Beyond his well-documented love for his BlackBerry, President Barack Obama seems to have extended his fondness for IT into the health-care field as well. The new stimulus package that the House passed includes $20 billion to help get health information technology off the ground; the Senate version might have even more money thrown into the problem.
The expense of setting up a digital record system has left many doctors still scribbling their notes on pen and paper. The necessary computers and programs can cost doctors tens of thousands of dollars. And while such a system benefits patients immediately, the long-term payoff for doctors comes from lower labor costs, which can take years to recoup.
To alleviate the barrier, the stimulus package includes money for grants and loans for doctors and hospitals to set up electronic medical records. A lower net cost for end users should drive sales for companies that provide the systems, including Quality Systems (Nasdaq: QSII ) , Allscripts-Misys Healthcare Solutions (Nasdaq: MDRX ) , Cerner (Nasdaq: CERN ) , and athenahealth (Nasdaq: ATHN ) .
And if that wasn't enough, the Centers for Medicare & Medicaid Services are also pushing for doctors to get online. The agency said it will pay an extra bonus to doctors who file their prescriptions electronically. All told, the combination of grants from the stimulus package and bonuses from CMMS could completely pay for the cost of setting up the system.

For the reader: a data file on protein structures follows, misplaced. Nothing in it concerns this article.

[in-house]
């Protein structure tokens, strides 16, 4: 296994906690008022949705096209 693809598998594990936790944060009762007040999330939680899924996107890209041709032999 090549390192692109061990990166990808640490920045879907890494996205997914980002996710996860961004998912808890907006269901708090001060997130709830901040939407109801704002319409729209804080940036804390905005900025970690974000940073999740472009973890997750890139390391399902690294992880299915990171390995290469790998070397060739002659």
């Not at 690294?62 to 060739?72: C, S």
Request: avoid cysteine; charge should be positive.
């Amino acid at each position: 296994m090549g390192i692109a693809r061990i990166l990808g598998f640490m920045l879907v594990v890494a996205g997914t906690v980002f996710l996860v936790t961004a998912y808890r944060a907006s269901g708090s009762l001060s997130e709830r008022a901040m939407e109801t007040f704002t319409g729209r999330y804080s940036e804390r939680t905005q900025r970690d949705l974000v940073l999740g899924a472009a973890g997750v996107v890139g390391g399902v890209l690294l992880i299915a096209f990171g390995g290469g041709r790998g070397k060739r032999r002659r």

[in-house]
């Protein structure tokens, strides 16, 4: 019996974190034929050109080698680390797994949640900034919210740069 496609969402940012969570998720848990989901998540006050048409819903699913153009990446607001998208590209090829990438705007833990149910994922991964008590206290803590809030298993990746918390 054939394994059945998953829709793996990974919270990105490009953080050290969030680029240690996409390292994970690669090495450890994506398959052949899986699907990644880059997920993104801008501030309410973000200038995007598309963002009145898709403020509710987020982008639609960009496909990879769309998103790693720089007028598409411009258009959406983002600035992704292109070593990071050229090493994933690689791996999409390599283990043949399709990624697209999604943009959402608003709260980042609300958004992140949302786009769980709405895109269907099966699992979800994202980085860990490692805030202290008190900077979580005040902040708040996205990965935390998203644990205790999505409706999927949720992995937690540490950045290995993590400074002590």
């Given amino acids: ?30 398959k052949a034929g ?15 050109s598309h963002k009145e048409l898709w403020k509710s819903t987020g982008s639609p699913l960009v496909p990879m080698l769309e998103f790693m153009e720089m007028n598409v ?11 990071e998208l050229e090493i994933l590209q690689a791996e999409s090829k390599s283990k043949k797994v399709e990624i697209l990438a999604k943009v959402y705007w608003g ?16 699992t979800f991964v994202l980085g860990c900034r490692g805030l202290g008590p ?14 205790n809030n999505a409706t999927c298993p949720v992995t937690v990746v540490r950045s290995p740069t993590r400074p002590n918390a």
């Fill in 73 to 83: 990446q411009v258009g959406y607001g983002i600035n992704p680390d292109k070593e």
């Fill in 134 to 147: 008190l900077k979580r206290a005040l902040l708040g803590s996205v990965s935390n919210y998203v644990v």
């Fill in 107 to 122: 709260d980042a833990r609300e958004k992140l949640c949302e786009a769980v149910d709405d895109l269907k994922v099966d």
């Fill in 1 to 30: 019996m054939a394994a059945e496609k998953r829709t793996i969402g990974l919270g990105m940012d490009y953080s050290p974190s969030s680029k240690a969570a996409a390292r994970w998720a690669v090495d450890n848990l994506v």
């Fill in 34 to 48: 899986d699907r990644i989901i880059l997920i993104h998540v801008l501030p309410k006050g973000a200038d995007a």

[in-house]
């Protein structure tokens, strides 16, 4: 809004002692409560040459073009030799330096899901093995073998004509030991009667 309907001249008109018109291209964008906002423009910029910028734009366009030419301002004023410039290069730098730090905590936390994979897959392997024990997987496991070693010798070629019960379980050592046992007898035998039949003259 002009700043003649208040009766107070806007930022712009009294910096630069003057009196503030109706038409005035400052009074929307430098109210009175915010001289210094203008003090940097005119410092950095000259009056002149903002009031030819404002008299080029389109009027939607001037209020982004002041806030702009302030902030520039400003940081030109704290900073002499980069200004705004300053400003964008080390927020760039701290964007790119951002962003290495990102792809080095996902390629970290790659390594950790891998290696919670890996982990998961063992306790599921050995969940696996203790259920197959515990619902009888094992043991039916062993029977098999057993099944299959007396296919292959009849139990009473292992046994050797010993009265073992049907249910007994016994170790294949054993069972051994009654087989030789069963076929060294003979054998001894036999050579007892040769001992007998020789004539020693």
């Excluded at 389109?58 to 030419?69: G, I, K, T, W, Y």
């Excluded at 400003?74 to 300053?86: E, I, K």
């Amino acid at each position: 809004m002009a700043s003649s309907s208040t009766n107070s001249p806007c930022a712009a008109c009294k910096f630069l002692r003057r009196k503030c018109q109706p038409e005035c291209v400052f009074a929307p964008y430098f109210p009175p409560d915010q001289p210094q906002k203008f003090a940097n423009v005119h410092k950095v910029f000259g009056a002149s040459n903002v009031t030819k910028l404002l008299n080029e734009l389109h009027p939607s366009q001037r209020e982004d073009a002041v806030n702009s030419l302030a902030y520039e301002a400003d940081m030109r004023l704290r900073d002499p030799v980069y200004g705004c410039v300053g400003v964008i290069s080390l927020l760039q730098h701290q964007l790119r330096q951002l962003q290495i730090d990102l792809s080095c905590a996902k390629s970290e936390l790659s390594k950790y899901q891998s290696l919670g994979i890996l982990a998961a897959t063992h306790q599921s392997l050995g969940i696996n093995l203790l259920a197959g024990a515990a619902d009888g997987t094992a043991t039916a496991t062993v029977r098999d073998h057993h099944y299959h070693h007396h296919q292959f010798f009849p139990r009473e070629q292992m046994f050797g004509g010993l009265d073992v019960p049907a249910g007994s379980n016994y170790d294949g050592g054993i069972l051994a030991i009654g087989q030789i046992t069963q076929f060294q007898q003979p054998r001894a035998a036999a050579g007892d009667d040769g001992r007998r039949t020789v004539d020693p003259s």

While the companies providing doctors with hardware and software will clearly benefit most from the stimulus package, some bystanders are also poised to benefit indirectly.
Many companies, from Google (Nasdaq: GOOG ) to Microsoft (Nasdaq: MSFT ) to UnitedHealth Group (NYSE: UNH ) , have designed websites to store patients' complete medical records, combining records from different sources like doctors and pharmacies. While I think that's a fantastic idea, with almost endless benefits for users and providers alike, very few people will realistically take the time to enter their medical history into one of these databases. Whatever benefit the patients get from having their medical records stored in one place doesn't make up for the time and effort they'll need to decipher their doctor's chicken-scratch handwriting, and then figure out how to get it into the website.
Personally, even with a degree in biology and handwriting so illegible that I'm actually able to read what's on a prescription pad, I'm not willing to go through the effort. I doubt many others are, either.
But if the doctor is doing the heavy lifting and digitizing the results, then it's just a matter of getting the doctor's digital records into the database. In fact, Google Health already has an import function set up for patients of Beth Israel Deaconess Medical Center and the Cleveland Clinic, among others. The more patients with digitized records, the more successful these websites will be.
Counting on Congress
The biggest risk in investing in health IT right now is that many people have apparently already gotten the same idea. The growth of health IT hasn't been a secret, and the companies mentioned above are currently beating the S&P 500 over the last three months -- several by 40-point margins. There's a remote possibility that the funds to pay for health IT upgrades never materialize, but an even bigger risk that the whole idea of digital medical records may have been overhyped.
Growth companies are capable of big returns, even in bear markets. Investing Fools just have to make sure they aren't overpaying for the privilege. Waiting until a quarter after the stimulus package kicks in might cost you some gains, but it's also likely to considerably lower your risk.